Connecting with and engaging customers: It’s an ongoing struggle many CPGs face. The real problem, however, lies in the way consumer packaged goods companies think about their customers. Most actually think of their customers as the large and small retailers to which they distribute products, rather than the people buying and using those products. That traditional way of thinking — focusing on retailers over buyers — is hard to break.
Channel conflict created by selling direct has been around since the launch of e-commerce. For years, many brands, particularly in the retail and electronics industries, chose to focus only on retailers and avoided selling direct. This created openings for digital-first companies to disrupt established players by going where the customers were, while also being able to see higher profit margins. Dell disrupted computers, Warby Parker disrupted eyewear, and Dollar Shave Club disrupted shaving.
Another important factor is the career/compensation structure and history at large and established consumer packaged goods companies. Most CPGs are public and very stable. While that’s a good thing, it also often leads to three-year plans and little room — or motivation — for senior managers to change course or experiment with something unknown, such as selling direct. It is safer to stick with the old and ignore the new.
Amazon Leads CPG in 2017
In 2017, many — but not all — CPGs have websites that allow customers to order products direct. These efforts, though, rarely lead to significant results because they were done as an afterthought with very little marketing or concern for the end customer experience. Direct sales of 1 percent to 2 percent of overall sales are the disappointing reality for most CPGs.
With these sales numbers, it’s easy to conclude that direct selling doesn’t work. But because most of these organizations’ media budgets are allocated to brand general advertising instead of selling direct, direct selling often isn’t given a chance to succeed.
Many CPGs are trying to break into the digital world, with 20 percent of consumer packaged goods sales now happening online. However, the lion’s share of that goes to Amazon and the rest to other large retailers such as Walmart, Target, and Jet.com. Some CPGs are even starting to pay Amazon to advertise their products to stand out on Amazon. So in essence, Amazon gets paid twice on the sale and owns the important customer relationship as it becomes a huge digital media channel.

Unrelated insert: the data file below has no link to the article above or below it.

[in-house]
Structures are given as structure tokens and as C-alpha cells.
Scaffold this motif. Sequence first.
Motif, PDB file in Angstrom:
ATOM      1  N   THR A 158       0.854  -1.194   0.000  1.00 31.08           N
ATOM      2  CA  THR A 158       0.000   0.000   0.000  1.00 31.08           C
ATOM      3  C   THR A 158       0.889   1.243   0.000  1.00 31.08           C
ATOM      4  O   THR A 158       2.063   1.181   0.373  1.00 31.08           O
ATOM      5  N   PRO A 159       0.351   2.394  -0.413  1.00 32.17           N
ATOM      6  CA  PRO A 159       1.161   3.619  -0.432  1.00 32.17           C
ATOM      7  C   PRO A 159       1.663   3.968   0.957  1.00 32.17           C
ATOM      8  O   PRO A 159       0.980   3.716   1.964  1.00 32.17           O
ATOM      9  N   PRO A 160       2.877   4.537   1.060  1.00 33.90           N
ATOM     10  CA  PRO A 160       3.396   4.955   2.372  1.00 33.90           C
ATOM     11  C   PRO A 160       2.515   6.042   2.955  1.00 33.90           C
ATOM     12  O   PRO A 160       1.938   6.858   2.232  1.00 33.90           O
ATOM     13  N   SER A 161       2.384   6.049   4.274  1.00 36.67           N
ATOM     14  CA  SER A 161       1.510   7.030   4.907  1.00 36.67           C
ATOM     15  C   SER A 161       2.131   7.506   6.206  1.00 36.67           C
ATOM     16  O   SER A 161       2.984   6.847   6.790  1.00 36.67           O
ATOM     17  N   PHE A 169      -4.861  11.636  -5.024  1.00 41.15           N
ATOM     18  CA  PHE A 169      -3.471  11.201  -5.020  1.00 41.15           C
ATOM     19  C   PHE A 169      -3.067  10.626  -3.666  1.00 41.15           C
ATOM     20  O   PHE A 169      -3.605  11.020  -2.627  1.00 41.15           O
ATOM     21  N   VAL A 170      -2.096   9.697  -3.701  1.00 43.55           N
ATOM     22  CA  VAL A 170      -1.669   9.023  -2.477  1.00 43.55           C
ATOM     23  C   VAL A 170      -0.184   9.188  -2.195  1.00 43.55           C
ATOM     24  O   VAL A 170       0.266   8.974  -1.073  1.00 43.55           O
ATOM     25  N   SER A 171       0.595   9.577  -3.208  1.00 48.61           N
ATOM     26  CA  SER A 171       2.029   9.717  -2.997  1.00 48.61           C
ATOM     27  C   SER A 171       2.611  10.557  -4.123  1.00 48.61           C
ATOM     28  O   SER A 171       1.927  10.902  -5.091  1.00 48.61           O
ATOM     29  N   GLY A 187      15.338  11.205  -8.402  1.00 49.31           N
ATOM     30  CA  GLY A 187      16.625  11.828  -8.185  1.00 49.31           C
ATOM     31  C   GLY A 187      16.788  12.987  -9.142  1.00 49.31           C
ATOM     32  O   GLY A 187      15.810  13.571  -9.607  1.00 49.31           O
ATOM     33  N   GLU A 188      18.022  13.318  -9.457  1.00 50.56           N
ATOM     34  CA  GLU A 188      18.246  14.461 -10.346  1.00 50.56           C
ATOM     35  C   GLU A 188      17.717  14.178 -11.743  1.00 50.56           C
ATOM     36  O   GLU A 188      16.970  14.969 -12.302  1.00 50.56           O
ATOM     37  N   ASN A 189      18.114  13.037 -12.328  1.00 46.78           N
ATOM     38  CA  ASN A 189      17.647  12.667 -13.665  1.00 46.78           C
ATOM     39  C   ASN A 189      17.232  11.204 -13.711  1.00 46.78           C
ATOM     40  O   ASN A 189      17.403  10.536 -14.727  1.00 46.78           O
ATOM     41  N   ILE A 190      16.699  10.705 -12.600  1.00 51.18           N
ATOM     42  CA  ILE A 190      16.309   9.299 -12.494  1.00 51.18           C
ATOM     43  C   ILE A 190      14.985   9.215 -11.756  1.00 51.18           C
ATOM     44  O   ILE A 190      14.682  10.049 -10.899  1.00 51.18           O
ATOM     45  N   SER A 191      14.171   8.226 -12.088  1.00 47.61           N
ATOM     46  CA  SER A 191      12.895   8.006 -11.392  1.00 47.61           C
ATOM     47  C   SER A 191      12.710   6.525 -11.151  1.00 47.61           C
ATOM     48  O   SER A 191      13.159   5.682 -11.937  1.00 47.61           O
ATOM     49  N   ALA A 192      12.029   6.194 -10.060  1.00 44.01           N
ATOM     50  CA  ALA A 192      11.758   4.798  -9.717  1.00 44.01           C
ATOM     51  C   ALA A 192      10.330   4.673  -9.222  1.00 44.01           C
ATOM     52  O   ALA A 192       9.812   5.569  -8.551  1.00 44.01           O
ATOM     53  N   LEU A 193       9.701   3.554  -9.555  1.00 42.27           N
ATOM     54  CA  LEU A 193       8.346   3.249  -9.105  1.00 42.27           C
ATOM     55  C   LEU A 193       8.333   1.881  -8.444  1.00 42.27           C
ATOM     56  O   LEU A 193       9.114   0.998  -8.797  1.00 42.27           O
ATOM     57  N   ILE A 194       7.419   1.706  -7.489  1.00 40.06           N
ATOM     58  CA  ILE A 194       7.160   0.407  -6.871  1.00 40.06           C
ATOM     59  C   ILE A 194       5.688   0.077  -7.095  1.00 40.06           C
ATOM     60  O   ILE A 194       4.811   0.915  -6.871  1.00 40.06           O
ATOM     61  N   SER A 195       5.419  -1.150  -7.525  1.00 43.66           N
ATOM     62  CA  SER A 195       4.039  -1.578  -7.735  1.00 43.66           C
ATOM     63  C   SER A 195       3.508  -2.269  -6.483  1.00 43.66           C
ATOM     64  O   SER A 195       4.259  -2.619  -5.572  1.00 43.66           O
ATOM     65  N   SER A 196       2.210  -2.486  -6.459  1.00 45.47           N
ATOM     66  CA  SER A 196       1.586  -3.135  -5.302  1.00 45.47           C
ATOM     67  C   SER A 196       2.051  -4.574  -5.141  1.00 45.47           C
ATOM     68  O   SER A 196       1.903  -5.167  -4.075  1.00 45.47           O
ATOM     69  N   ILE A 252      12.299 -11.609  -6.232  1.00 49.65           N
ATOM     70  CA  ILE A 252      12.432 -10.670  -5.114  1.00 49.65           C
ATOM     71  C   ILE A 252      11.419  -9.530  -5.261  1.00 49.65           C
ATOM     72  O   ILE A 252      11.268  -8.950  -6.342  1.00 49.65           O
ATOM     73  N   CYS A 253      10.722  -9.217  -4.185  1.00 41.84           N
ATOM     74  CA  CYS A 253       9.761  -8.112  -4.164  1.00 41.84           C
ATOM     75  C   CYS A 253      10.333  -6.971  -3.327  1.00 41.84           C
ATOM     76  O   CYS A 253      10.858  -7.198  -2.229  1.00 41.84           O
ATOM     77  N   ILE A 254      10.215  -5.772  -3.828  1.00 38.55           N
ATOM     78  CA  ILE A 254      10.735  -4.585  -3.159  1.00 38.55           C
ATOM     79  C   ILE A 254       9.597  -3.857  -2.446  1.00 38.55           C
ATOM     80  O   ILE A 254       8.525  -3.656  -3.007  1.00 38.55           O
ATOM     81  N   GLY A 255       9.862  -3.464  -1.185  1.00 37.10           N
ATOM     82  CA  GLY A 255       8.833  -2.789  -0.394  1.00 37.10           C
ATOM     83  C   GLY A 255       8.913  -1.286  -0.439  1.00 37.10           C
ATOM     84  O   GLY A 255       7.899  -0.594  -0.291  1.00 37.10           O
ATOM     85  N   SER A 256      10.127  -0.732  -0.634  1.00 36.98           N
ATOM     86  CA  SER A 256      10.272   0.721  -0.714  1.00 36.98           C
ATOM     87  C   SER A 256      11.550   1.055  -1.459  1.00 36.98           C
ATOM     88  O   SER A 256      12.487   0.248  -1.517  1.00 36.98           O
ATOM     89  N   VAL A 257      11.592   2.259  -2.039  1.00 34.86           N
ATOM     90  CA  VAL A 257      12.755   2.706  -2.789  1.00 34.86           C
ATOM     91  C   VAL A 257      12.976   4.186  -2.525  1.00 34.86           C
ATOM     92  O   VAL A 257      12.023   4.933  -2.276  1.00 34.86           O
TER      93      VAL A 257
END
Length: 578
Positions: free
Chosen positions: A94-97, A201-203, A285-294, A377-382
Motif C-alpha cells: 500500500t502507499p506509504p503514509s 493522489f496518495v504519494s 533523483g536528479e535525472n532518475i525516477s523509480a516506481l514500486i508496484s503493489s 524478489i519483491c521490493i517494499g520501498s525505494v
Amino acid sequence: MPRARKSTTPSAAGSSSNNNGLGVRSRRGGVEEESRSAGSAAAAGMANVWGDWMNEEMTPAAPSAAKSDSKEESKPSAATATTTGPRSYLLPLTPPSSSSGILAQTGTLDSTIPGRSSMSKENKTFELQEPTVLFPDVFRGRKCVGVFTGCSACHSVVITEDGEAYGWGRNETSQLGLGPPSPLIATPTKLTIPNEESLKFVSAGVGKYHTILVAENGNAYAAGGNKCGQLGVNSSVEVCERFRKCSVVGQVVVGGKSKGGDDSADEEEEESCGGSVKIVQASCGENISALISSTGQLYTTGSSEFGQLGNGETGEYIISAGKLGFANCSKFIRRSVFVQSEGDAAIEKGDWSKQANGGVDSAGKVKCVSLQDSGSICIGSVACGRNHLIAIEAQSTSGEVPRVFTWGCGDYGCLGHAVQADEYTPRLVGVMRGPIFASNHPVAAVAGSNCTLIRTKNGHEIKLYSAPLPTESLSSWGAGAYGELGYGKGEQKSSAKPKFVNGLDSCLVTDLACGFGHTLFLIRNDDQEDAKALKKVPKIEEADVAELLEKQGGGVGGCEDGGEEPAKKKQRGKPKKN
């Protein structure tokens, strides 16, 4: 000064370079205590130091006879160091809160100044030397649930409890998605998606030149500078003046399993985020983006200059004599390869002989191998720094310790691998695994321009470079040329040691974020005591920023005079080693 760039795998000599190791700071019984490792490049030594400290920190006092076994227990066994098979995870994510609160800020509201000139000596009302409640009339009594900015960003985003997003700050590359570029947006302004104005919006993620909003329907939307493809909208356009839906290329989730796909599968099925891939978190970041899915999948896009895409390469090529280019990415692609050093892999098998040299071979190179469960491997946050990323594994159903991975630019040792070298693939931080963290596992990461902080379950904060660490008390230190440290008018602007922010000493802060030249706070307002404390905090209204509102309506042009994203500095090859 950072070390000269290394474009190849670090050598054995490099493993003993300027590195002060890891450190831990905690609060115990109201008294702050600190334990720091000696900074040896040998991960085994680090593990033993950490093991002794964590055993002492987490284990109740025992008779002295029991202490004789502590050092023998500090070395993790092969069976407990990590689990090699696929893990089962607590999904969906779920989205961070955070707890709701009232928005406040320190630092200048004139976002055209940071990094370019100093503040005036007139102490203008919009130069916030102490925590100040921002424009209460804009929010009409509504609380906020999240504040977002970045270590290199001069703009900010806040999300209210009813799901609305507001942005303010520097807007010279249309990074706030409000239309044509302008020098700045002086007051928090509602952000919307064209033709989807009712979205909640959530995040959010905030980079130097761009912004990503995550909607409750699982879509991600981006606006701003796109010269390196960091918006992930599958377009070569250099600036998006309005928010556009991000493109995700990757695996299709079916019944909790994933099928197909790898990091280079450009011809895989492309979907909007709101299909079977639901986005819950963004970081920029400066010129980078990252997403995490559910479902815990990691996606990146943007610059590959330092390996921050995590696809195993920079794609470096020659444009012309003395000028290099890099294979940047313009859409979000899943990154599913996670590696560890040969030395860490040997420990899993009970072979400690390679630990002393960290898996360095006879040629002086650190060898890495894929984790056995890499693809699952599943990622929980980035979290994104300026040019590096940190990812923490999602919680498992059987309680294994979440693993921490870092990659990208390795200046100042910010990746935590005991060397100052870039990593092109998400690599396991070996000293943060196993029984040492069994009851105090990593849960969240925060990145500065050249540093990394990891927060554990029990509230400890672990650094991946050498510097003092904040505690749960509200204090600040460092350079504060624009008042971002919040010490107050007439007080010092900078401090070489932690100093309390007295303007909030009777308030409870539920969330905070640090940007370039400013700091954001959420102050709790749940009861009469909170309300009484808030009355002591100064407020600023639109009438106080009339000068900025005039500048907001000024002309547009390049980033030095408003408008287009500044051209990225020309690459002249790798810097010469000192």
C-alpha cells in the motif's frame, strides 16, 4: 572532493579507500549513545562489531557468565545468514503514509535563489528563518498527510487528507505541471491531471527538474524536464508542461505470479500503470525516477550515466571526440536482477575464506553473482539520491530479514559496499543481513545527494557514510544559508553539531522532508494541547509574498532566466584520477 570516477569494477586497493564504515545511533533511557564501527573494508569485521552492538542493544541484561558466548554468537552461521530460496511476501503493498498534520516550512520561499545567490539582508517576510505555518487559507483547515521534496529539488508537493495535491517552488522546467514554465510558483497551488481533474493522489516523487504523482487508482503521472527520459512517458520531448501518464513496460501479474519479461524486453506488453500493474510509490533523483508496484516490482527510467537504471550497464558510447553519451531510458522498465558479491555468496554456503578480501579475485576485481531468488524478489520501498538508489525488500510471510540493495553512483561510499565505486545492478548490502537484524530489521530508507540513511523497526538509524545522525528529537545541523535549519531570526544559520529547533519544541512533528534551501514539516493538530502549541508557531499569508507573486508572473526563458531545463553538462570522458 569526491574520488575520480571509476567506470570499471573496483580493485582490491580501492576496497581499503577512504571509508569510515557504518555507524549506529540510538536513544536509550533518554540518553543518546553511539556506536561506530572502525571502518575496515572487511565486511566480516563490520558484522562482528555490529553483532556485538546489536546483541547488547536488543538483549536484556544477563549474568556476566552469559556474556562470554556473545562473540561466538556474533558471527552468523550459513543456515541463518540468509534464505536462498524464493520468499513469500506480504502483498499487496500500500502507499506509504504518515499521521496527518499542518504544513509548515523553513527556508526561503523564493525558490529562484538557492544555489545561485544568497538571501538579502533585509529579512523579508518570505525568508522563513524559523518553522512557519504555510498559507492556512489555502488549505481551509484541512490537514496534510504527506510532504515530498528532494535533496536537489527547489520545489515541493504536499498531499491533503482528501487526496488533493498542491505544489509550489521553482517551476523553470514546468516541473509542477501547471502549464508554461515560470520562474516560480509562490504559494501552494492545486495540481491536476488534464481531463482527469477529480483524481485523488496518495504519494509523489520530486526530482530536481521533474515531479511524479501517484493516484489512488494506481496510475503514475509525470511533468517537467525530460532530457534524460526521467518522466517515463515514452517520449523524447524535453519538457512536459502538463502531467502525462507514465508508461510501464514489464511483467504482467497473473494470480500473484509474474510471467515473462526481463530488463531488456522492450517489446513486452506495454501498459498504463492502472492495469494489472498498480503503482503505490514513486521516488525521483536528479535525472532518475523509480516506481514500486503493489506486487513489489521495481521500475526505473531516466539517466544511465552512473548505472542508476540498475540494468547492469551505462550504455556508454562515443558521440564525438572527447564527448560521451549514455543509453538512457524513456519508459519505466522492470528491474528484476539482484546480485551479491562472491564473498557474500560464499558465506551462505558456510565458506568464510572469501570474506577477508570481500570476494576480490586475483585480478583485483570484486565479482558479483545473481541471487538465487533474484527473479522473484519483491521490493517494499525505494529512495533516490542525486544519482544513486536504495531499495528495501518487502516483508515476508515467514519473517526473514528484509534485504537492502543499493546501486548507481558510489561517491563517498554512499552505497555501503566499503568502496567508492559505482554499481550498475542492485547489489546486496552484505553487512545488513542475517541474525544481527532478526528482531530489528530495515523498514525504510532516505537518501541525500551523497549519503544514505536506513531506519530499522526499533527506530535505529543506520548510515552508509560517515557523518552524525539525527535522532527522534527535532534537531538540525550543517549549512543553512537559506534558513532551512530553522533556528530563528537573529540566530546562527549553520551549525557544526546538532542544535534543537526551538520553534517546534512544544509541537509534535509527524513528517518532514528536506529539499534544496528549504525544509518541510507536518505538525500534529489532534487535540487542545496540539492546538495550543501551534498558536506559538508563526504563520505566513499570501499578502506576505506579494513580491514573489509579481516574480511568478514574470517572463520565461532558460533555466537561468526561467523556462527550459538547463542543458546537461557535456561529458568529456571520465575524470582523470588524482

In 2016, CPG e-commerce sales increased 42 percent, mostly driven by Amazon subscription sales. It’s becoming more obvious and no longer deniable that Amazon, with its increasingly powerful machine, eats everybody’s cake and simply kills all other forms of retail.
Because they’ve sold through retailers for decades, most consumer packaged goods companies don’t actually know who their customers are. Amazon does, and that’s why CPGs have to win back their customers — because Amazon will not look out for a specific brand. Rather, it will drive prices down and put CPGs under pressure.
Gaining Back Customers
Selling direct needs to be funded and executed by leaders educated in direct sales, and it needs to be taken seriously. This starts by creating a division within the company that’s solely dedicated to increasing direct sales, then giving that division the marketing budget to establish real relationships with customers. However, because building internal expertise takes time, other options include purchasing or partnering with an established direct seller. Take, for instance, when Unilever purchased direct seller startup Dollar Shave Club for about $1 billion in 2016.
Dollar Shave Club built a disruptive brand with deep and loyal connections to its customers, and in turn, those customers were highly engaged. In other words, the startup had conquered the direct-to-consumer space within its industry. By taking over the brand, Unilever was able to harness those insights and take advantage of Dollar Shave Club’s strong customer bonds while learning from its experience.
To win back their customers from the e-commerce giants and retailers, CPGs must learn how to engage and resonate with those customers. And as startups such as Dollar Shave Club continue to disrupt the market and reach buyers on a deeper level, it will be more important than ever for CPGs to engage with their audiences.
Are you a CPG leader who wants to find a way to compete with Amazon? Check out the OceanX platform and schedule time to talk with a membership expert.